Aphids are small soft bodied insects, which pierce plant parts and draw sugars out of the sap stream leaving behind a sticky excretion which is colloquially known as “honeydew.” Most healthy plants can usually tolerate a small population of aphids without suffering any serious health problems.
Oleander and Yucca almost never experience a grave decline in health no matter how heavily infested they become with aphids. However, on other plants a thick invasion of aphids will swiftly reduce vigor by robbing the plant of necessary minerals. Furthermore, honeydew can collect on plant surfaces in the form of a thick shiny coating that often provides a food source for the development of dark molds on leaf surfaces. This sooty mold prevents the penetration of sunlight to the foliage and reduces photosynthesis further impacting the fitness of your plant.
Aphids can also act as vectors for the introduction of viruses in plants. Zucchini and cucumber mosaic viruses are examples of diseases spread by aphids. Aphids are also accused of causing the most common pumpkin virus infections. Infected aphids are not themselves made sick by these viruses but easily spread them to the plants they feed from. A heavy infestation of aphids is not necessary for the introduction of these diseases into your garden. Infected aphids inoculate plants with viruses they harbor when they penetrate plant cells with their sharp mouth parts. Once infected by a virus, little can be done to stem its spread through a plant.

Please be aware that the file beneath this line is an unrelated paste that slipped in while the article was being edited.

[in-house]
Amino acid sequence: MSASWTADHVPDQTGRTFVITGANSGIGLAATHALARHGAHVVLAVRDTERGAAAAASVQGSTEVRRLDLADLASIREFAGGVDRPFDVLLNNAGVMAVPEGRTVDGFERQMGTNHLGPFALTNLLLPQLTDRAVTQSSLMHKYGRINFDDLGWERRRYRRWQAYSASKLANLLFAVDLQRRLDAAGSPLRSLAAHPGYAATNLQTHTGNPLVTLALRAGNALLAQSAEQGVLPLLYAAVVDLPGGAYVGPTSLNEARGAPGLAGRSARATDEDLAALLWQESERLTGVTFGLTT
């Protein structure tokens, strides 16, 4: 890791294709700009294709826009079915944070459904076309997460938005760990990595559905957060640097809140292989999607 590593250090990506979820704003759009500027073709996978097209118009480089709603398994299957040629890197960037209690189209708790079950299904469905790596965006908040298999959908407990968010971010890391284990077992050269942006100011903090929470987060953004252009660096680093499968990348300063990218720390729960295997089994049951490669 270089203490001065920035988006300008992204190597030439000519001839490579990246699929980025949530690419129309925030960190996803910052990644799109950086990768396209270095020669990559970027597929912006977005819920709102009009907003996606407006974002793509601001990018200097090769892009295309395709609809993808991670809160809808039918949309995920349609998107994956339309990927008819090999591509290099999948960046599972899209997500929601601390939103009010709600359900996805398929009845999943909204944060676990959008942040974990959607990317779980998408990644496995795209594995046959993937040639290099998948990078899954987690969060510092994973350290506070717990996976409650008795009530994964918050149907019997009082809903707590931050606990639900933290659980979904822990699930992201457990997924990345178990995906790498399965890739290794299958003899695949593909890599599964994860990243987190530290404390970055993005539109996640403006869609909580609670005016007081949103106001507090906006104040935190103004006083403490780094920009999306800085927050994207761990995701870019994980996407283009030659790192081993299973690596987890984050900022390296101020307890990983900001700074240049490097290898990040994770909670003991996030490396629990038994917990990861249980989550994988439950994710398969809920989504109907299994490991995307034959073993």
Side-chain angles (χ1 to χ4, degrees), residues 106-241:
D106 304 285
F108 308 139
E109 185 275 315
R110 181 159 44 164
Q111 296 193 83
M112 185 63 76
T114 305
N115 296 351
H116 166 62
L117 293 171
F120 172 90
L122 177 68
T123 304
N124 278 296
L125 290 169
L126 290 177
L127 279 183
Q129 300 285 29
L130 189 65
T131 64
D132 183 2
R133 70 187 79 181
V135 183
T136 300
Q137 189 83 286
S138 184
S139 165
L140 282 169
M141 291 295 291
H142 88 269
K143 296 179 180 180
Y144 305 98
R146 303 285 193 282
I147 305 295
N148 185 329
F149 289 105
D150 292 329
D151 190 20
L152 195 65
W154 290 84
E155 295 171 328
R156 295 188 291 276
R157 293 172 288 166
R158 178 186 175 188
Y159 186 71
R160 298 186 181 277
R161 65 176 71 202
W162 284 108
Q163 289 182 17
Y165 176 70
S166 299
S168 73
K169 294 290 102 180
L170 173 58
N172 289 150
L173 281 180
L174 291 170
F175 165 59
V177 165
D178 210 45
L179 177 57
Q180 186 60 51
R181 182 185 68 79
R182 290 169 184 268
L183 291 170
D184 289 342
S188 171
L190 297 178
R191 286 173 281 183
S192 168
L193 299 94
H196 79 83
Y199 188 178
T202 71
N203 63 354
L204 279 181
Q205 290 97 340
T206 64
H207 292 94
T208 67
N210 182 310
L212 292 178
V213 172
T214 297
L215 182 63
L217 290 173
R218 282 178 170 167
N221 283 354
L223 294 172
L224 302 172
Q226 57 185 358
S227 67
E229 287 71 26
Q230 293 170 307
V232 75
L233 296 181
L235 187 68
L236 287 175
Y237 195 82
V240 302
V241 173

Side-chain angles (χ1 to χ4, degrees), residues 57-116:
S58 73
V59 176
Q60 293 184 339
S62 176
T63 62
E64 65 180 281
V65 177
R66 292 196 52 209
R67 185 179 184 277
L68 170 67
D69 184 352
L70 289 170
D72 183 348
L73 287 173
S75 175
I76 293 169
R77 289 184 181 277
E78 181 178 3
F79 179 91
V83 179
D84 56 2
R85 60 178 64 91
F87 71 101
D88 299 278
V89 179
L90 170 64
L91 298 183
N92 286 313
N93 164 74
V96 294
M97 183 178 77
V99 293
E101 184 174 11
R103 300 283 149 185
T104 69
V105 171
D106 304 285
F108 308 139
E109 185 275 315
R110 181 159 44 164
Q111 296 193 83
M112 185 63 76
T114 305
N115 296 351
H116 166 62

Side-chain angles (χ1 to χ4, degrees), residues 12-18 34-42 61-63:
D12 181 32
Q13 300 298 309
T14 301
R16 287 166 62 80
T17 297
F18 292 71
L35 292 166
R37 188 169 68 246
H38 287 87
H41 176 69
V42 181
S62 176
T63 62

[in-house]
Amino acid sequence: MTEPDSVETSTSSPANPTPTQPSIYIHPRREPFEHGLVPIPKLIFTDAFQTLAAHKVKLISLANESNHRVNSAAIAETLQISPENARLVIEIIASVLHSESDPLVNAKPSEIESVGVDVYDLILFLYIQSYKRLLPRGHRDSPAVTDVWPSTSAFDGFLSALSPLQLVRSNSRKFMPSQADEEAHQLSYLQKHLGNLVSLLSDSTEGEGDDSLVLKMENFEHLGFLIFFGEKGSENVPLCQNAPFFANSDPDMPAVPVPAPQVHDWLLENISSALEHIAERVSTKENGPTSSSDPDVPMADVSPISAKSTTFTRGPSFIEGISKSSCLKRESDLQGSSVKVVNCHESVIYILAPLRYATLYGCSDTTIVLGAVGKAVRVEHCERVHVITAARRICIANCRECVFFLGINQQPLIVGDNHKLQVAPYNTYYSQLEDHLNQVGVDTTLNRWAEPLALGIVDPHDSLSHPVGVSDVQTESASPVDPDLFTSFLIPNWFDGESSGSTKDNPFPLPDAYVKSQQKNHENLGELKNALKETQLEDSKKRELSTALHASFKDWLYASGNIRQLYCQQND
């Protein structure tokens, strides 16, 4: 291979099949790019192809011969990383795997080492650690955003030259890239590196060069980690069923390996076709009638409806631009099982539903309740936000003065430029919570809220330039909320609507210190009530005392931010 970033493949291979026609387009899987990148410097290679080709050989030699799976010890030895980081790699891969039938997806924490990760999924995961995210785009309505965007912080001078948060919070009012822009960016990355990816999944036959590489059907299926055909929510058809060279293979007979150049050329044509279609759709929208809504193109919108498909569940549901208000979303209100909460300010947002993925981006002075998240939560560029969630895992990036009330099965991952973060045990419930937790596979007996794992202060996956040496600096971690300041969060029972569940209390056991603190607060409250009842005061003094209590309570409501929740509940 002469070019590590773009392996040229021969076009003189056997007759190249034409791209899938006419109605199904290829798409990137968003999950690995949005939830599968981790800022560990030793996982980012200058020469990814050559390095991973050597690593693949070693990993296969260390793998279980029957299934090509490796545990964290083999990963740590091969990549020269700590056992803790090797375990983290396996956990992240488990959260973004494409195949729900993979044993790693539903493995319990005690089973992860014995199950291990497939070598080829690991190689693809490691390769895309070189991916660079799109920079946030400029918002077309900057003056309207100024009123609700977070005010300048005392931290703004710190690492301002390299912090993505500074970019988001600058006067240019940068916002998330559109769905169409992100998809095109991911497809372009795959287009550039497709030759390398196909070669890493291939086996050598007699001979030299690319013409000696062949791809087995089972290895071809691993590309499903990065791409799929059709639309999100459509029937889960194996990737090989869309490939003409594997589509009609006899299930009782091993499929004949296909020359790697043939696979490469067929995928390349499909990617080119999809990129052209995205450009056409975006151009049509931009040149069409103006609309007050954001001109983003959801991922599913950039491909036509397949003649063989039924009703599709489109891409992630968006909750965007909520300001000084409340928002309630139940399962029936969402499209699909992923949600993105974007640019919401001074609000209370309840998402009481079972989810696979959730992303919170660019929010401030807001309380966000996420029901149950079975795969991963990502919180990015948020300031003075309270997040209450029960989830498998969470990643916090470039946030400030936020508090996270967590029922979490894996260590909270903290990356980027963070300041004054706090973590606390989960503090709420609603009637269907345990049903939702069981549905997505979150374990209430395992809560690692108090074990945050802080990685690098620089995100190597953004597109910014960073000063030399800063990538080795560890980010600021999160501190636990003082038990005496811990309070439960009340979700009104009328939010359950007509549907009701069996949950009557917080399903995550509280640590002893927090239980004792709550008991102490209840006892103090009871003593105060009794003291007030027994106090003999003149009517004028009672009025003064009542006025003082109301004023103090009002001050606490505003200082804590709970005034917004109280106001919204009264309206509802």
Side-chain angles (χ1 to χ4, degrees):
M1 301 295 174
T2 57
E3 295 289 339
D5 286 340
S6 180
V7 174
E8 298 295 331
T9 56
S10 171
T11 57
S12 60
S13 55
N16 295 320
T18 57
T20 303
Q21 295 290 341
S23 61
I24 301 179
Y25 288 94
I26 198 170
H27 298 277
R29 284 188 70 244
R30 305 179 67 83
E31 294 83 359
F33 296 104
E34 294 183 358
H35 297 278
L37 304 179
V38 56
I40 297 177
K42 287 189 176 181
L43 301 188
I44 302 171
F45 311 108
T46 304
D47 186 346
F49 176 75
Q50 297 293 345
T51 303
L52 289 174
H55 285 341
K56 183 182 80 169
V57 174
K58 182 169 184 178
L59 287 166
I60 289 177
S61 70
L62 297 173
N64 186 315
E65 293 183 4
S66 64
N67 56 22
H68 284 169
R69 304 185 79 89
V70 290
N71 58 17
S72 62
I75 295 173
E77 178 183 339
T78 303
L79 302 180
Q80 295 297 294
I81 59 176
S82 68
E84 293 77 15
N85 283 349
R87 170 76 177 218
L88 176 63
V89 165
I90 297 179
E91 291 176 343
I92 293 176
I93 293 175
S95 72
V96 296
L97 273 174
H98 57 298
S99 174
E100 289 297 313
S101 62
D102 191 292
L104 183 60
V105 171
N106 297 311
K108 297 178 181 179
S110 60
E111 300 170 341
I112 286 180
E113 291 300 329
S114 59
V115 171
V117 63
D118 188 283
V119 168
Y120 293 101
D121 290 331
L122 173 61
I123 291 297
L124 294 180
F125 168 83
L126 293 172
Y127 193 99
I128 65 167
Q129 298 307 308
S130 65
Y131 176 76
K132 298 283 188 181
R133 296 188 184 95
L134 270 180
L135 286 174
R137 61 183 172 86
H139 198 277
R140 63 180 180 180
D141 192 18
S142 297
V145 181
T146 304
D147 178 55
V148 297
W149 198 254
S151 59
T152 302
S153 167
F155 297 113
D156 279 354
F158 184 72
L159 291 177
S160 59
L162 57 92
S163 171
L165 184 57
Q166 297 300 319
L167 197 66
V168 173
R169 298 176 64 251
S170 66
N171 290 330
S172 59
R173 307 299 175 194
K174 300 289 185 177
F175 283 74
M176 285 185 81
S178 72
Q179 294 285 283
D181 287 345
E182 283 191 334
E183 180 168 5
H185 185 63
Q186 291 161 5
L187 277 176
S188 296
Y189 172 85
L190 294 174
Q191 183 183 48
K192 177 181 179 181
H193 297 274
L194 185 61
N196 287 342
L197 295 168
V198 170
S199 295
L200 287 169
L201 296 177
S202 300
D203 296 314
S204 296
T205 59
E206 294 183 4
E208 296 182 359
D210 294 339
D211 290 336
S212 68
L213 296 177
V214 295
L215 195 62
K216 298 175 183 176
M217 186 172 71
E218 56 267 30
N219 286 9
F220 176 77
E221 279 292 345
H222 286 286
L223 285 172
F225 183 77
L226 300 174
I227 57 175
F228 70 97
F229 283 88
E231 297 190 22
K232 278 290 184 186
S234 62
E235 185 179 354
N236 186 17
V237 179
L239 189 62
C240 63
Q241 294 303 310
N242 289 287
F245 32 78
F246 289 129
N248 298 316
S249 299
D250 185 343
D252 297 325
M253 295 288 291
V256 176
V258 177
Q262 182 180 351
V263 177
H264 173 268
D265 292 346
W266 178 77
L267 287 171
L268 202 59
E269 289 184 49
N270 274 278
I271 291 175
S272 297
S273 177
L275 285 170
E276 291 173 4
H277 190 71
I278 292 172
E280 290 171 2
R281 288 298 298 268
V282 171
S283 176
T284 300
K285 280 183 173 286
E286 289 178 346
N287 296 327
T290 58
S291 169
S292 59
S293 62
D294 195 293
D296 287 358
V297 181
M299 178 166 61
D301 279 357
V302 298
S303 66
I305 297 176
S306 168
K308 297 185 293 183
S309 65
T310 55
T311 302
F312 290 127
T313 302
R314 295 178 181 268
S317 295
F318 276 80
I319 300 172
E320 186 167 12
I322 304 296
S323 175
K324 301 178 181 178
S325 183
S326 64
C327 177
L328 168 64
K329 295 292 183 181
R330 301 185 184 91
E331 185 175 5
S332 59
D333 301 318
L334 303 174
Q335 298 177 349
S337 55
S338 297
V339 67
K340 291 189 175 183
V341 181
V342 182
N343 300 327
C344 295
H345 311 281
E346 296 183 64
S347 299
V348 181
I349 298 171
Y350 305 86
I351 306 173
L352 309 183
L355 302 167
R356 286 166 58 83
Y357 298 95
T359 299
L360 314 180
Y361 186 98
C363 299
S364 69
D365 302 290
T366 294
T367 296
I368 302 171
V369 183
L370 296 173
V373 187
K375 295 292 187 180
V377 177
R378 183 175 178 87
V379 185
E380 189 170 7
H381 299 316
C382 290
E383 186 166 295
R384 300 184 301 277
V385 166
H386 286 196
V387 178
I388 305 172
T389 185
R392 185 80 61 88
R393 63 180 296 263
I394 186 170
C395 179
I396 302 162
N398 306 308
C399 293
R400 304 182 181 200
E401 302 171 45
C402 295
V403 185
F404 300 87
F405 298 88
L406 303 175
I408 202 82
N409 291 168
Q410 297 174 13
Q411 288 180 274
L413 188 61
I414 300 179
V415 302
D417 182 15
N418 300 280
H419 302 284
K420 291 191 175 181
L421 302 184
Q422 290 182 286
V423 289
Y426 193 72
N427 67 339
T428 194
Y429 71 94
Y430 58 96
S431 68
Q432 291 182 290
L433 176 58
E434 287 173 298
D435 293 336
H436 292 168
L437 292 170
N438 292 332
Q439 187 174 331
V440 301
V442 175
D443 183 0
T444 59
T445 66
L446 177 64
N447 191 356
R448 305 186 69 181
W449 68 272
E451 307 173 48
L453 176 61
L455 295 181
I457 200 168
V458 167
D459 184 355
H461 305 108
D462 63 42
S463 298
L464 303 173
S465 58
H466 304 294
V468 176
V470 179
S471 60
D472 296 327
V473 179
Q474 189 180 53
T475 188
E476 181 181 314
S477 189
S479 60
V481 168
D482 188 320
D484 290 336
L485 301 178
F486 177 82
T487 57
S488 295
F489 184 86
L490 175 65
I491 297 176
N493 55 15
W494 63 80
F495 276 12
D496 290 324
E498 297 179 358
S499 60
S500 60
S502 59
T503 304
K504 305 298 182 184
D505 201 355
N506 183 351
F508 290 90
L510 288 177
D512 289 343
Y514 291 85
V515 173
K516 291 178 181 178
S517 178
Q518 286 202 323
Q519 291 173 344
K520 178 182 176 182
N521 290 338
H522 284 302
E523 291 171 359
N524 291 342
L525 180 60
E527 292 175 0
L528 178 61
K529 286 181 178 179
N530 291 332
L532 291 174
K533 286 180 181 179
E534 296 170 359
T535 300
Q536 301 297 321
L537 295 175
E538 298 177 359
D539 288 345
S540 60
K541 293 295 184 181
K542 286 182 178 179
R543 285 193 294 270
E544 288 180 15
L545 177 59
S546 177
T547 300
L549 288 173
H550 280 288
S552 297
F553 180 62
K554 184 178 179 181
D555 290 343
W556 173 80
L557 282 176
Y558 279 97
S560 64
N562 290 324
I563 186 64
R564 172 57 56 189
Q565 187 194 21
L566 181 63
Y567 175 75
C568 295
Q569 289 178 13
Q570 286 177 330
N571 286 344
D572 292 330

Aphids usually overwinter in eggs, hatching early in spring. Most of these aphids will be females which are born virtually pregnant and will produce fifty to one hundred live offspring over their one month lifespan. Environmental circumstances may cause some of the females to develop wings and relocate to other plants in the garden. As autumn approaches, some aphids will mature as males. Male and female aphids will mate and the fertilized eggs will be attached to host plants for overwintering.
Aphid control on low growing plants is usually not very difficult. A large number of systemic and contact insecticides are labeled for aphid control. One of the safest ways to control aphids is with a steady stream of soapy water. The stream will blast some of them off the host plant and the soap will penetrate their soft bodies and eradicate most of them.
If the aphids have infested tall trees such as Pecans or red oaks (reported frequently this year), they can be treated with a broad spectrum systemic insecticide easily obtained from local nurseries. These insecticides can be drenched into the soil near the base of the tree and results should be seen in about four to six weeks. Obviously, this is of little value with the first freeze just around the corner. The good news is that if your trees are otherwise healthy, treatment is probably not necessary. If on the other hand, your car is covered in sticky honeydew every morning, you may need to call an arborist to get a handle on the problem.
Plants that are native or adapted to our region usually require little in the way of pest control.